Expressing breastmilk is the act of removing milk from your breast, either by hand or using a manual or electric pump. You may want to express milk if:
- your breasts feel uncomfortably full
- you will be spending some time away from your baby and would like someone else to give them your breastmilk, or are returning to work
- your baby is not feeding well (for example if your baby was born with a cleft lip or palate)
- your baby was born early and you need to stimulate your milk supply for when they are ready to suckle from the breast
How to express breast milk
There are a few different ways to express your breastmilk; you can do this by hand. The trick to this technique is to press the milk ducts behind your nipple. If you squeeze just the nipple, you won’t get milk and it will more than likely hurt! Gently and rhythmically press down on your breasts, making a C-shape with your thumb and forefinger and your milk should start to appear.
Many mothers use a pump to express breastmilk. You can choose between a manual or an electric pump; with both single and double electric pumps working well. You could also use a Breastmilk Collector while feeding from the other side to catch any letdown milk and store for a later feed.
Once you have your breast pump set up it is best to be seated whilst expressing. It sometimes helps to have a picture of your baby with you as this can encourage the release of a special hormone that encourages your body to produce breastmilk (clever really isn’t it?!) It’s also important to keep a drink nearby (water for example) so that you can stay hydrated during your expressing session.
If your breastmilk is freshly expressed it can keep for up to 6 hours without refrigeration. Breastmilk can be stored in a fridge at 5 to 10 degrees Celsius for up to 3 days and a fridge 0 to 4 degrees Celsius for up to 8 days. You can store milk in a freezer at -18 degrees Celsius or below for up to 6 months.
When placing your milk in the fridge, place it in the coldest part of the fridge, which is generally right at the back. Try to avoid storing it in the door as this is the warmest part of the fridge and can cause bacteria to grow.
Expressed breastmilk can be fed to your baby straight from the fridge. Alternatively it can be warmed by placing the container in warm water to take the chill off slightly. Take care not to over warm and check the temperature before feeding to baby.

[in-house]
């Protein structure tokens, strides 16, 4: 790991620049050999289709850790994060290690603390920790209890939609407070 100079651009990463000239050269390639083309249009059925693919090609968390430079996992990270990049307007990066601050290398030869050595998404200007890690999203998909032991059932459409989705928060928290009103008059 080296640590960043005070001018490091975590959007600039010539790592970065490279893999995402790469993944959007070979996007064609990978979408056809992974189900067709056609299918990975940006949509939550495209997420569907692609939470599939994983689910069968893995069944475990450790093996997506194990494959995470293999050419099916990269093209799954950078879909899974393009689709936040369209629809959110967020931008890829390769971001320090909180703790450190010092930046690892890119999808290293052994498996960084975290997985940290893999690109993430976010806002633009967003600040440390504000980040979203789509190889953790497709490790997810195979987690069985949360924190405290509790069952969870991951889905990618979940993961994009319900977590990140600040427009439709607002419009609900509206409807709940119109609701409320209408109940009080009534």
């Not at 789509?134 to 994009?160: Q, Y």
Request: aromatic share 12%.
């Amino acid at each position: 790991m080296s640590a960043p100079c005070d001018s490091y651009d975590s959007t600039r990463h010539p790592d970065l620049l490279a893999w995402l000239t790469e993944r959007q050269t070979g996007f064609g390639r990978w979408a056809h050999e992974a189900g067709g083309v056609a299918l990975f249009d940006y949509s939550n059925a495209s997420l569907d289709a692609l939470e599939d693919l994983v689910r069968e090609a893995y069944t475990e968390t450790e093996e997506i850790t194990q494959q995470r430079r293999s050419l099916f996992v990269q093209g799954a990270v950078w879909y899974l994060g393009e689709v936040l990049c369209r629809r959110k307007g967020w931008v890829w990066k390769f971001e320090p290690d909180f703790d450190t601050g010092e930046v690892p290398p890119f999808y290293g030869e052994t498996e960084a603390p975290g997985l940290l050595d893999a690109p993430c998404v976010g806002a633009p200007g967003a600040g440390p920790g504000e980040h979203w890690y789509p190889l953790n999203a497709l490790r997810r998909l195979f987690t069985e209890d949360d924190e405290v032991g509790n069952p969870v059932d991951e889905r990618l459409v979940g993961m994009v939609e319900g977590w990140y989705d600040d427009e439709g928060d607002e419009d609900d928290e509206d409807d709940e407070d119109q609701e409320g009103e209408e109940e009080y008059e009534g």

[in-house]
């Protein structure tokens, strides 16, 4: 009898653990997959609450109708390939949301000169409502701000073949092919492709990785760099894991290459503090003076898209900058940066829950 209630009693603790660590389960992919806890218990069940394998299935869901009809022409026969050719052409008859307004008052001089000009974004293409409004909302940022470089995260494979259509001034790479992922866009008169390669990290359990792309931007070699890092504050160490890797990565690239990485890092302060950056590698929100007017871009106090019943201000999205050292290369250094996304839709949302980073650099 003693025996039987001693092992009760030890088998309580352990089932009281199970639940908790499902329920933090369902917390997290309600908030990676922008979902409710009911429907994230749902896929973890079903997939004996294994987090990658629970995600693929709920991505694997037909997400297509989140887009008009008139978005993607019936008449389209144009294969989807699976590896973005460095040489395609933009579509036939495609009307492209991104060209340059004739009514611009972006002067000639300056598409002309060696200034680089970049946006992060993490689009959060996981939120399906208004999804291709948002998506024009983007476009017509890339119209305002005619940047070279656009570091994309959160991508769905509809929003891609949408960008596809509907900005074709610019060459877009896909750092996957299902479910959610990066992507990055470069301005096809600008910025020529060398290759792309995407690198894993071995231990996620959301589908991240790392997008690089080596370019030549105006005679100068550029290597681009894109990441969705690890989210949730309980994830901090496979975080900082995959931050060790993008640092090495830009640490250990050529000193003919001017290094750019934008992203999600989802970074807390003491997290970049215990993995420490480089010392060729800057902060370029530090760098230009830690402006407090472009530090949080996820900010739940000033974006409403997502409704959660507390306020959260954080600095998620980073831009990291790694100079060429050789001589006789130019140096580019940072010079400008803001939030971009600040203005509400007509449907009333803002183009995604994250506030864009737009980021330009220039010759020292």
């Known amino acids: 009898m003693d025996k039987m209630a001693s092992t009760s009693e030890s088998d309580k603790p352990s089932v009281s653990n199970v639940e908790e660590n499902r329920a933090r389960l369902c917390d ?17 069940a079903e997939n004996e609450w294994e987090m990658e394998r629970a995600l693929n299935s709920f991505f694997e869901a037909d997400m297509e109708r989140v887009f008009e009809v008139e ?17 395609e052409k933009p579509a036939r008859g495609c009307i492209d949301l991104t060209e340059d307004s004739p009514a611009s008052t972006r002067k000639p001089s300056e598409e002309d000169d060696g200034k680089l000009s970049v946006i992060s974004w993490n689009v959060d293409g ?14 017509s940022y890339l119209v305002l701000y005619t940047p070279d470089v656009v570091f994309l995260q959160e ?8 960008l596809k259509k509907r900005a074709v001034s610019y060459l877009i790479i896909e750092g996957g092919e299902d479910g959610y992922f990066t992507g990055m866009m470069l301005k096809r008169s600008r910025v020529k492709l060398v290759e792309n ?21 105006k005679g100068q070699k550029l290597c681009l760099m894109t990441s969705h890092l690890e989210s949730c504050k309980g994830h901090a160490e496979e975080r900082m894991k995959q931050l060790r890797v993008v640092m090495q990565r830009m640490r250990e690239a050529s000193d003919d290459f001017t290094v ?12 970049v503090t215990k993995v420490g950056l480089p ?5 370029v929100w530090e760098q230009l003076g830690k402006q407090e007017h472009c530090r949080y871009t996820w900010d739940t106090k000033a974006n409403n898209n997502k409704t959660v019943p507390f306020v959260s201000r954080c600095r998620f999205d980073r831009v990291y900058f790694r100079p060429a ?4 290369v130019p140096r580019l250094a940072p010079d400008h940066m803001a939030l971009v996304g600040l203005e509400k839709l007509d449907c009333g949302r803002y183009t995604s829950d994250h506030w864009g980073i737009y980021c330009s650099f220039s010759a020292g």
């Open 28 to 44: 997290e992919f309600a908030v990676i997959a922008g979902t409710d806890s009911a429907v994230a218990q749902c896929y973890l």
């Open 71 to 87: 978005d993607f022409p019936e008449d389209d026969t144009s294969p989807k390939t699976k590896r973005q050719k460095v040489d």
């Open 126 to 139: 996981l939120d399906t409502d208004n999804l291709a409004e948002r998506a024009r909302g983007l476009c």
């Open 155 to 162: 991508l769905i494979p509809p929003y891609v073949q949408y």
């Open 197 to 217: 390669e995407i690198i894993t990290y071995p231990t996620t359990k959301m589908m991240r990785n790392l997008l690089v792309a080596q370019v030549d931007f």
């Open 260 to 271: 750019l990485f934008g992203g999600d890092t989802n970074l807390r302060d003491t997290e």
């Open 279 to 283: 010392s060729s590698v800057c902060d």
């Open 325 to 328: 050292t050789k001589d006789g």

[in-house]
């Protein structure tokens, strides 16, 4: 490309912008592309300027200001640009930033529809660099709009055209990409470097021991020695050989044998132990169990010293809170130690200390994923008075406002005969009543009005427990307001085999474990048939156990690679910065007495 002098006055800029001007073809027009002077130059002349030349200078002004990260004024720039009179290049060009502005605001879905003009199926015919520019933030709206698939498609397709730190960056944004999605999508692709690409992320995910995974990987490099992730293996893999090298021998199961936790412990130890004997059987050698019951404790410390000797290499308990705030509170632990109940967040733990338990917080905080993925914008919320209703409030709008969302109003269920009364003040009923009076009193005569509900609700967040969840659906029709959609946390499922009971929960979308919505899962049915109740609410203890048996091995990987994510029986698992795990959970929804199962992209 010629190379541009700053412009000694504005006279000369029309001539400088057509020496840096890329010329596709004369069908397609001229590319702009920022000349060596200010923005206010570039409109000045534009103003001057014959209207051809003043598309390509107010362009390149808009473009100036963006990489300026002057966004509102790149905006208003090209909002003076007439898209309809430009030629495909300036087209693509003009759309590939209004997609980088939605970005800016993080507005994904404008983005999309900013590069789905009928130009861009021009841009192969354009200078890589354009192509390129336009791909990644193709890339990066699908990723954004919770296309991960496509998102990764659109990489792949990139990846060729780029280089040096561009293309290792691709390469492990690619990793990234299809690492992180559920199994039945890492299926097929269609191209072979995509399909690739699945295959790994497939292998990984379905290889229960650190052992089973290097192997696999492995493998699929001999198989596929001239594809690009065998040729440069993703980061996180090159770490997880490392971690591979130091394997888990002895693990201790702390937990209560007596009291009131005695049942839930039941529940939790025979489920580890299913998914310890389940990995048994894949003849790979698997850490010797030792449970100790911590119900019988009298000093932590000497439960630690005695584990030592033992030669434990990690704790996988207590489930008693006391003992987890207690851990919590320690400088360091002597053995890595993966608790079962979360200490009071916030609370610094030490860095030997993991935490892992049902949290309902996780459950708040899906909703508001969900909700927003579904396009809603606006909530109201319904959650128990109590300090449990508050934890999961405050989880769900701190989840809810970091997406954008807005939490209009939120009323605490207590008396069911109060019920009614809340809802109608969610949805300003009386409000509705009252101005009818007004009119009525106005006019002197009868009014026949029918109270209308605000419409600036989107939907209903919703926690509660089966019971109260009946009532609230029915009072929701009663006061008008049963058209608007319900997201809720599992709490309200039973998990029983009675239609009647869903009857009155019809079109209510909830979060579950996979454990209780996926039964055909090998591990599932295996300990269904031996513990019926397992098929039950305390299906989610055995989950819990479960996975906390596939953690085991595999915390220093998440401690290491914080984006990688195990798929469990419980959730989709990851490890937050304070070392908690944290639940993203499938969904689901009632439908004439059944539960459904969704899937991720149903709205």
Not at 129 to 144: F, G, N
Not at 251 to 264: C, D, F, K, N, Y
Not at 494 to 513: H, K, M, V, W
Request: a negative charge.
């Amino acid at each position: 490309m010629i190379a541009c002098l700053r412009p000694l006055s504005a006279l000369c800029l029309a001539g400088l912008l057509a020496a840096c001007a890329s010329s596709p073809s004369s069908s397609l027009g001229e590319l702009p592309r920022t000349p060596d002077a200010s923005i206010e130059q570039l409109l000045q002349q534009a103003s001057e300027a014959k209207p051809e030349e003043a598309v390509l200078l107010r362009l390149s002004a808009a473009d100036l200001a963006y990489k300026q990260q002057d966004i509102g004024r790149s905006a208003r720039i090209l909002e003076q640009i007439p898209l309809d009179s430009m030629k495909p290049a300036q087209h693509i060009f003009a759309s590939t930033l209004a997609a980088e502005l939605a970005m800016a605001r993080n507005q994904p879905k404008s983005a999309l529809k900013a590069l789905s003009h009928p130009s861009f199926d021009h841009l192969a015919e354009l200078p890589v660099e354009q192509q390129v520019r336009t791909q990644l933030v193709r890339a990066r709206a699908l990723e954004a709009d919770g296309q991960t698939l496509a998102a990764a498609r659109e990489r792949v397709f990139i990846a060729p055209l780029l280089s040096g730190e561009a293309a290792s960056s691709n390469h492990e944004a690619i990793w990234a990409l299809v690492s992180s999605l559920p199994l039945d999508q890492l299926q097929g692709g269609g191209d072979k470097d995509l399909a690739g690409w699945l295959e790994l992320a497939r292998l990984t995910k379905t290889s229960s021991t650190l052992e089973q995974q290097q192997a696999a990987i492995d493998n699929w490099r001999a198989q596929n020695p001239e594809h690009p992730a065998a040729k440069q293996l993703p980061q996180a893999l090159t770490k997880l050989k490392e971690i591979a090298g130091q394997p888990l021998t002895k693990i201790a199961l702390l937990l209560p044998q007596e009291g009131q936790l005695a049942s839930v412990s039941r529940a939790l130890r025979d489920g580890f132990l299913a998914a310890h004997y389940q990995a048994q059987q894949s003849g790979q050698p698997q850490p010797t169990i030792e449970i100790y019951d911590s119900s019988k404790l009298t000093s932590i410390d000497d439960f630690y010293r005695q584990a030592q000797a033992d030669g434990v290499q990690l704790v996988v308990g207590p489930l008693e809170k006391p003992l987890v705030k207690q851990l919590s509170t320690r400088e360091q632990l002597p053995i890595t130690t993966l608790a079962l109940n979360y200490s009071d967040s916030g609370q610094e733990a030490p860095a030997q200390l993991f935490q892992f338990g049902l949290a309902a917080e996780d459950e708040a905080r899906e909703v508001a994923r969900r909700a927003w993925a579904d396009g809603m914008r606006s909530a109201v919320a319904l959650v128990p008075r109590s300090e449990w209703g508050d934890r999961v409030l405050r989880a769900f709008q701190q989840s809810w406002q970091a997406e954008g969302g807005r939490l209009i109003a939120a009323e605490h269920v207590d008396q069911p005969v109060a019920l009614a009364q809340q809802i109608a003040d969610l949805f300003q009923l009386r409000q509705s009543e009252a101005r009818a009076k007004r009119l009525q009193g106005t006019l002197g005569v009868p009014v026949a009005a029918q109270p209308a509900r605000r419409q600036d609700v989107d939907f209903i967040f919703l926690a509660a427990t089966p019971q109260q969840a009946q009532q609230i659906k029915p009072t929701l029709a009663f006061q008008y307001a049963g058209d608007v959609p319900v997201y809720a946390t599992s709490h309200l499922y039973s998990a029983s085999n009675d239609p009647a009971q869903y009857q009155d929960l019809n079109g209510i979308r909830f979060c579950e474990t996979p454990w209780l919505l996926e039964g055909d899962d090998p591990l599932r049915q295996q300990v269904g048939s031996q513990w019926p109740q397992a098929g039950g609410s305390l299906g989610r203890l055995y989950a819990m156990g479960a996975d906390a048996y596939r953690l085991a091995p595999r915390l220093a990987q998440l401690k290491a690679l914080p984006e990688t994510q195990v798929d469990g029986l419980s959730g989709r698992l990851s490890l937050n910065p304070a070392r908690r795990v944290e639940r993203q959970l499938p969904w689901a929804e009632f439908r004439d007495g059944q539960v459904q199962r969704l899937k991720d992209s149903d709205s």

Some mothers express a little colostrum (first milk, rich in carbohydrates, protein and antibodies) to freeze during the last trimester of pregnancy, in case either they or their baby face feeding difficulties at birth.
If you are expressing shortly after birth colostrum can be stored at temperatures of up to 32ºC for 12 hours for a full term baby. You will express very small quantities, say a teaspoon or so each time, for the first couple of days. On about day 3 – 5 after your baby is born, your breasts will start to produce ‘mature milk’. The volume of milk you produce will increase.
If your baby is unable to come to your breast it is important to begin expressing as soon as you are able, and to express as often as your baby would feed; about 8-12 times in 24 hours in the early days.
Expression of breastmilk is a learned skill, so don’t be disheartened if you do not seem to be expressing much milk at first.
Pumps work by generating and releasing suction to remove milk from the breast. You may find it helps if you prepare a little beforehand.
Stress and cool body temperature can make pumping less productive, so you could try using a warm compress, breast massage and relaxation techniques. It also helps to have a photograph of your baby to look at, or a piece of their recently worn clothing to remind you of their smell. You may find that after an early morning feed is a good time to express, as often your supply is plentiful at this time. You can, of course, express whenever and how often you need to. You can also express from one breast while your baby is feeding from the other side.
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